I recall once this observation being made by a new hire (at the time) rotational engineer and fellow Aggie I worked with at Motorola:
Him: "We were the 'only black engineers' in that room," my fellow alumni said.
Me: "And, we were and are the best damn engineers IN that room, or any other!" I shot back. "Do you have a problem with that?"
He gave me a grin and an "Aggie Pride" verbal acknowledgement. I reassured his swagger... his end-of-rotation presentation blew them away. I beamed with pride.
Black men are faulted for swagger, even President Obama received grief for it, although I think it largely pivoted on the southern racial parlance of "being uppity." Urban Dictionary defines swagger as: "How one presents him or her self to the world. Swagger is shown from how the person handles a situation. It can also be shown in the person's walk."
The interaction my younger alumni and I had happened and likely happens quite often. You have to learn the rules of the road rather quickly. Sometimes going to church, or a frat meeting, or a concert, or simply chatting on the phone with a close friend is how you de-stress; unwind.
More often than not, as Paul Lawrence Dunbar eloquently stated (and Dr. Maya Angelou gave her stupendous interpretation) it is a mask. It hides rage and disappointment at ignorant comments made around you, daring you to respond to a shout of "Black Lives Matter," when the discussion - about, you know, work - didn't even CENTER around that (this happened last year, 2016 during the divisive election cycle). When I challenged the individual by simply asking "what did you mean by that?", he slinked away like an Internet troll nervously and quickly changing the subject; suddenly remembering Human Resources exists for a reason. The struggle is no different in complexion or complexity in graduate school, as you are usually "the one," so you better be supremely confident in yourself or convince others you are until you are. Walk with confidence until you're sure you've mastered your situation, putting in the hard work until you do. Don't "fake it till you make it": make it!
Swagger... It covers a multitude of sins that could be committed when you're not in control of your emotions. Thankfully, I have access to a 300 pound heavy bag at my community's gym that takes the abuse instead! At least 37 years of martial arts training and channeled anger keeps me in reasonably good shape.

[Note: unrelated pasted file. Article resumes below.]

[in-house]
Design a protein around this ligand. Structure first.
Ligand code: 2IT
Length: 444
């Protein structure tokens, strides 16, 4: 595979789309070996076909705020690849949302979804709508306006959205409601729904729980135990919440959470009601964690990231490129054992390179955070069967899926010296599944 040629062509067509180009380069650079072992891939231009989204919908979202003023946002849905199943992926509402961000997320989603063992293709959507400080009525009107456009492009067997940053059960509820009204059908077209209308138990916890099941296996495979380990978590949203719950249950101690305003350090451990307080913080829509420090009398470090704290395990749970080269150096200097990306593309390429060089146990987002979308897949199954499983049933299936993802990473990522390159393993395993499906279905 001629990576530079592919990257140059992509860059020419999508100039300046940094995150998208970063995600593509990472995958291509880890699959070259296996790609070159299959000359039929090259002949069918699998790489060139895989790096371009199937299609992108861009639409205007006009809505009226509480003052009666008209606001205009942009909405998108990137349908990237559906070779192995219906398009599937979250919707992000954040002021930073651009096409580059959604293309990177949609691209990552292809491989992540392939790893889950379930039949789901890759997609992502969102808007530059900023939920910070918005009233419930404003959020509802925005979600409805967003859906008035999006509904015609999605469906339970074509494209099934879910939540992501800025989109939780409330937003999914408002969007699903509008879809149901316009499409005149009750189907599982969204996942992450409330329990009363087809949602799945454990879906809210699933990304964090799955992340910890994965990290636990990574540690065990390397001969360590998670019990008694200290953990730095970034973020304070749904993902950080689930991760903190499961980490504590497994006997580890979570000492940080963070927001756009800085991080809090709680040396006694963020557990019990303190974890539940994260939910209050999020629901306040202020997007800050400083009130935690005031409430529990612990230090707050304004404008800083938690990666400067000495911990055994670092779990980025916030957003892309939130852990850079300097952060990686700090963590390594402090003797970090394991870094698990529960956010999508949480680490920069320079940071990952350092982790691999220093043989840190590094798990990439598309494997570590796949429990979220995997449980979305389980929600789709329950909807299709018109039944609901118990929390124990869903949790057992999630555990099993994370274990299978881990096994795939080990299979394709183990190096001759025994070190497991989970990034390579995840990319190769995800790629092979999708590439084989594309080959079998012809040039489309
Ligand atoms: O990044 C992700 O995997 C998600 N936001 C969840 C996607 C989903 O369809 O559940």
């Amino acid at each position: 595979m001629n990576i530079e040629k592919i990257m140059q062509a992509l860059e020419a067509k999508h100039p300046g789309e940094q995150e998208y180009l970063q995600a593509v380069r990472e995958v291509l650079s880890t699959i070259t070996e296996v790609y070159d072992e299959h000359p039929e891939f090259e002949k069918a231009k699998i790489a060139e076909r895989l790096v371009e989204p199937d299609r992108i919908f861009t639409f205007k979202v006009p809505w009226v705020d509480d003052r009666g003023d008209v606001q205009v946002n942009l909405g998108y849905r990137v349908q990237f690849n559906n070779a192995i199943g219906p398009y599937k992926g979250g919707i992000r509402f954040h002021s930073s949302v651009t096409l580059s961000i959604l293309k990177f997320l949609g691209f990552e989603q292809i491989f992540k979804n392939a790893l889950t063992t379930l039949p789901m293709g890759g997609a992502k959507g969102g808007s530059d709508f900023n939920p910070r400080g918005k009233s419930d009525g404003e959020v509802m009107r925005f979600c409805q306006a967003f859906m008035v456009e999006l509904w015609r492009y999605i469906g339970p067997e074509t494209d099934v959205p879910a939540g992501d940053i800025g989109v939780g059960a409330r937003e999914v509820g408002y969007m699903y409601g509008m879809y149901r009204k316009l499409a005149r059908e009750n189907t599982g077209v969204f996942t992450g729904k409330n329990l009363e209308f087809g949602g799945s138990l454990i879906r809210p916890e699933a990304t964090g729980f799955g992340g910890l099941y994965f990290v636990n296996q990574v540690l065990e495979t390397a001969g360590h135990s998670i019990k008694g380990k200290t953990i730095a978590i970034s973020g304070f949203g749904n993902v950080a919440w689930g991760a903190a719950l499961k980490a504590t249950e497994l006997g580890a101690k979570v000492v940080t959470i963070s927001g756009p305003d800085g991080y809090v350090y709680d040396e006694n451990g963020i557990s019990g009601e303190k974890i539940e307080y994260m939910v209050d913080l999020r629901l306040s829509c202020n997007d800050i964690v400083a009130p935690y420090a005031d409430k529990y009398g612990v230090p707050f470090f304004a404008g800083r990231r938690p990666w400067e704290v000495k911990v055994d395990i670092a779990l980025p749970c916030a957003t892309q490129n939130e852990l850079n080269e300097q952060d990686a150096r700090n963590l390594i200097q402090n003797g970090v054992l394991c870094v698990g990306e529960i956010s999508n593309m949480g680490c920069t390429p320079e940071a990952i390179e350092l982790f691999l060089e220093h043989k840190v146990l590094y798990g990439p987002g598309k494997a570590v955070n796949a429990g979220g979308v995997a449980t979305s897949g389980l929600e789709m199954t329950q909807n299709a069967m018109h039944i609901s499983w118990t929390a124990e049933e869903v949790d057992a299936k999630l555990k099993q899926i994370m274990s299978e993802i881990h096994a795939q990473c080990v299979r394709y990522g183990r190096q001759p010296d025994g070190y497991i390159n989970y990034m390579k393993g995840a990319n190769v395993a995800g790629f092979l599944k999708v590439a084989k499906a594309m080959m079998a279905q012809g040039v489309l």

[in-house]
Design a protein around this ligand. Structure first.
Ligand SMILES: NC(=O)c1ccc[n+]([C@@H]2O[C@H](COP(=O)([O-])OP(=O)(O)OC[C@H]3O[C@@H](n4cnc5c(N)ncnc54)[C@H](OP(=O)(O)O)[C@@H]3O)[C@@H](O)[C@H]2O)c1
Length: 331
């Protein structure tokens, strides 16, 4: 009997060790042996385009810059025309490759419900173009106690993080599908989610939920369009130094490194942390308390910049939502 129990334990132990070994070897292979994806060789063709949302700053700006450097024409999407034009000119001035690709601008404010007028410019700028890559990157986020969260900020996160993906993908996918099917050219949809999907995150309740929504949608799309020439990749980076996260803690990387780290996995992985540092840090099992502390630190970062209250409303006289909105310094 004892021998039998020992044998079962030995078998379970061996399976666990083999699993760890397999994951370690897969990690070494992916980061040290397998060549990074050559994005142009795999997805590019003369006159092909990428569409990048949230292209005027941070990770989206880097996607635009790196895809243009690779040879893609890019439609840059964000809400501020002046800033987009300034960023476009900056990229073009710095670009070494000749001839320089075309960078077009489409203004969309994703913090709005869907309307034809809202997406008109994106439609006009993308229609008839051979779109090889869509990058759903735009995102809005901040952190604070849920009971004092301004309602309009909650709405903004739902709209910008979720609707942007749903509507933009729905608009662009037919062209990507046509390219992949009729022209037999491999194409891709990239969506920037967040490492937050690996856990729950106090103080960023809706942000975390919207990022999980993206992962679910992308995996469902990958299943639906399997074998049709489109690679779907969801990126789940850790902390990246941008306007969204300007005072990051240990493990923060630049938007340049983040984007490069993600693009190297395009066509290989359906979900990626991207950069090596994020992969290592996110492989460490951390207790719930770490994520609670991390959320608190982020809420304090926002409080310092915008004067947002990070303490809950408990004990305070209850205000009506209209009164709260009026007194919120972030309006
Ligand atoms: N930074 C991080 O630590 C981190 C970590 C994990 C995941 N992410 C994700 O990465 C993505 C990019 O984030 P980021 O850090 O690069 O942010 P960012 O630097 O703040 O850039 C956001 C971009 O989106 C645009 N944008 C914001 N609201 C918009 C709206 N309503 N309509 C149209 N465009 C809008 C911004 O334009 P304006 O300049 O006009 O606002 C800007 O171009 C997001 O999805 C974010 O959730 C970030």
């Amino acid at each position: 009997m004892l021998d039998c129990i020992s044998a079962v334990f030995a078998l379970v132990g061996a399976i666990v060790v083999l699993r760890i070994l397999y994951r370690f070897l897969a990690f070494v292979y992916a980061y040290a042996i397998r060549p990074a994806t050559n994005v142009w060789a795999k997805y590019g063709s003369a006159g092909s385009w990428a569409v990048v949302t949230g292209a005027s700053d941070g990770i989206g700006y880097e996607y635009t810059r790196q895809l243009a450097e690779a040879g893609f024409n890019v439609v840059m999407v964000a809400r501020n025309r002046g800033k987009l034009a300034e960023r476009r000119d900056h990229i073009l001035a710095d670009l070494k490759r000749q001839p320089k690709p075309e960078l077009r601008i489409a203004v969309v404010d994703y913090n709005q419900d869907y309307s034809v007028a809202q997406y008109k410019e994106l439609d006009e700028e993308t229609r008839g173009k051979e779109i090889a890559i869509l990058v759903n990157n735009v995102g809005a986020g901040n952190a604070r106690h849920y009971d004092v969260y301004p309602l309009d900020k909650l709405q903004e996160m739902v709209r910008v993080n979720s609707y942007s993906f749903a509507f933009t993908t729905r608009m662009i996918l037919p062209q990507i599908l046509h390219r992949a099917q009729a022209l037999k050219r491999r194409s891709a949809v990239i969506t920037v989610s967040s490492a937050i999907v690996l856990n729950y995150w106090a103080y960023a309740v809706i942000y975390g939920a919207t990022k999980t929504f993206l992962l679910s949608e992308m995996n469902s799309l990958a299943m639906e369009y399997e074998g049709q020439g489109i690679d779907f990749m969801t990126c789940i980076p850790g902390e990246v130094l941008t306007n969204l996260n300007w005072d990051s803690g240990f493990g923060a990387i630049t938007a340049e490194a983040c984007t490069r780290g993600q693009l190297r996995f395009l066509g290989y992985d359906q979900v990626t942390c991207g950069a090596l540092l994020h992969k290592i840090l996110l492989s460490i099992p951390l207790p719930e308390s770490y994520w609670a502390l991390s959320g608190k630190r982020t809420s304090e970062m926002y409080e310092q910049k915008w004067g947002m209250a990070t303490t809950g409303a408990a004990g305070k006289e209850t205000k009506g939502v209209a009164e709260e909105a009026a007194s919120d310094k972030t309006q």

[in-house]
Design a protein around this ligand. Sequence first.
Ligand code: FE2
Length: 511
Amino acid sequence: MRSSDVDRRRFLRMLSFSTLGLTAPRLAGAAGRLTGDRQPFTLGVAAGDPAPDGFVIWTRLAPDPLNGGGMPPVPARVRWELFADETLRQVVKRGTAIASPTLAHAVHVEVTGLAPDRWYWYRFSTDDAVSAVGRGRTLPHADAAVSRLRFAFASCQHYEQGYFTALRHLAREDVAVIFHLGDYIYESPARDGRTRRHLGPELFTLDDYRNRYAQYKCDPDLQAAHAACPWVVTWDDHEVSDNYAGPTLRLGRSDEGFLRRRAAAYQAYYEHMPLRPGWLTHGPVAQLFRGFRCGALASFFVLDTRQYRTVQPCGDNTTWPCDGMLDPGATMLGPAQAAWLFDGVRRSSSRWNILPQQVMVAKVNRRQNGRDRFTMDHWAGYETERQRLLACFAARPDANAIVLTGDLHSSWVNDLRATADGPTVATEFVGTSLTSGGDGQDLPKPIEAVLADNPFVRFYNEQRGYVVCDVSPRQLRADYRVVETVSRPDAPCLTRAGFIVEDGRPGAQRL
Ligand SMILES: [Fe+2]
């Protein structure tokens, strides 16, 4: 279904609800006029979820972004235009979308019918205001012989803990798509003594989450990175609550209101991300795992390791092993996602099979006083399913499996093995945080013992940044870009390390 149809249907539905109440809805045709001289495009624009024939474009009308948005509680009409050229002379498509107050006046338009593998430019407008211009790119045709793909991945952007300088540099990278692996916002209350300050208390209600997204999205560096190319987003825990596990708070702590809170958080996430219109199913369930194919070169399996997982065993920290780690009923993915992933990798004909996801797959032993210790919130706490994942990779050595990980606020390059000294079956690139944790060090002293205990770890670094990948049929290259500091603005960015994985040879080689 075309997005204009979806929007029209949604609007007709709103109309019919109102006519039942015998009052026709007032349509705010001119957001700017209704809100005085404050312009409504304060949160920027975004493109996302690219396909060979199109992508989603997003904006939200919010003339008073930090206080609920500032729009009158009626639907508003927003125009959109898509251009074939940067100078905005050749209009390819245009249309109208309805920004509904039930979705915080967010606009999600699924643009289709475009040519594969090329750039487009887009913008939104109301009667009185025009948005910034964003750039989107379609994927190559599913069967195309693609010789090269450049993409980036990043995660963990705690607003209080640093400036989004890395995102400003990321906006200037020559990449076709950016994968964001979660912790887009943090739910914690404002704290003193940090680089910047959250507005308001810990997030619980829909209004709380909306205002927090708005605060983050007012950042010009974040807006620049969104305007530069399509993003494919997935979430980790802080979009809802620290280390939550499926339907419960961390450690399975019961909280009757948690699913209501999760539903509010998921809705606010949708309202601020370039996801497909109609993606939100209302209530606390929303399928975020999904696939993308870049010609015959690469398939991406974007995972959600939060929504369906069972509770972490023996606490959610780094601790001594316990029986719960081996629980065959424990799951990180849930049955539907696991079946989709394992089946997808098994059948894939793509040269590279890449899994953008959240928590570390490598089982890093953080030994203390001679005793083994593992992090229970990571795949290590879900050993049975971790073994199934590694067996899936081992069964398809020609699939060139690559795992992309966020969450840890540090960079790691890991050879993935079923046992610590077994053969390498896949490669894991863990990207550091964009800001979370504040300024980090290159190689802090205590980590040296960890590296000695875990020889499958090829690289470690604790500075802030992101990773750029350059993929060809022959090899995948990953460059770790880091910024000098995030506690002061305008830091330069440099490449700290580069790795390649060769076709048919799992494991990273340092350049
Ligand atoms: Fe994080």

Swagger... Never let 'em see you sweat unless they see you in the gym!
It's not often that you hear calls for more men to participate in science, technology, engineering and math fields.
Advocates consistently beat the drum to find ways to engage more female and minority students in STEM fields, which are still largely dominated by men. But within that group is perhaps one of the most underrepresented demographics: African-American men.
Among U.S. citizens and permanent residents, the number of black men who earn science and engineering doctorates grew by more than 25 percent in 10 years, according to data from the National Science Foundation. While that appears to be a large growth, the absolute numbers barely budged between 2003 and 2013 – inching up from just 631 of 13,921 recipients to 798 of 16,542 recipients – and the representation has stayed essentially flat, between 4.5 percent and 4.8 percent of all science and engineering doctorates. The number of science and engineering bachelor's degrees awarded to black men increased 45 percent, from 12,484 in 2002 to 18,102 in 2012. But similarly, black men as a proportion of all science and engineering bachelor's degree recipients has remained essentially unchanged, at 6.1 percent in 2002 and 6.2 percent in 2012.
Like women and other minority groups, African-American men are also underrepresented in the workforce. Census data show that in 2010, African-American men made up 6.2 percent of the population between 18 and 64 years old. But in the same year, the NSF reported that black men represented just 3 percent of scientists and engineers working in those fields.
US News: African American Men: The Other STEM Minority, Allie Bidwell